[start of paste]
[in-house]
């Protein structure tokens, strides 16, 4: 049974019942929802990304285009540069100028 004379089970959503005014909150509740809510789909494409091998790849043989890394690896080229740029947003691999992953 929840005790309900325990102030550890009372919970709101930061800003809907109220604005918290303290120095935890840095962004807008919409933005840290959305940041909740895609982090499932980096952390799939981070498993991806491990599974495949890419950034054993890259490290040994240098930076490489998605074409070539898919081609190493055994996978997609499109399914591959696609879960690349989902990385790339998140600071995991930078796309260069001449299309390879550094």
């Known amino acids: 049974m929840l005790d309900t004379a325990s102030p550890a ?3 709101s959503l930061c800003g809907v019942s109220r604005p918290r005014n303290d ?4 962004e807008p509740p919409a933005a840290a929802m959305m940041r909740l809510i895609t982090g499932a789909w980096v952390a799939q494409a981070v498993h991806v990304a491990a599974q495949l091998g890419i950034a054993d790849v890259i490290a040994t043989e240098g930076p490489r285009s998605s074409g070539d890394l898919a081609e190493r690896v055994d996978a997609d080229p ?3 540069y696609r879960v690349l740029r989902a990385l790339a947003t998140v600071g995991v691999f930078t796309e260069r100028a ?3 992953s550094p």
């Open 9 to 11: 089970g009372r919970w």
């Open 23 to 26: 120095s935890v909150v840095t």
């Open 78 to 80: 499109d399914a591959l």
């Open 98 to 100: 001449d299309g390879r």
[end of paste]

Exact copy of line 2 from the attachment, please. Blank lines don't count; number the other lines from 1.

């Protein structure tokens, strides 16, 4: 049974019942929802990304285009540069100028 004379089970959503005014909150509740809510789909494409091998790849043989890394690896080229740029947003691999992953 929840005790309900325990102030550890009372919970709101930061800003809907109220604005918290303290120095935890840095962004807008919409933005840290959305940041909740895609982090499932980096952390799939981070498993991806491990599974495949890419950034054993890259490290040994240098930076490489998605074409070539898919081609190493055994996978997609499109399914591959696609879960690349989902990385790339998140600071995991930078796309260069001449299309390879550094």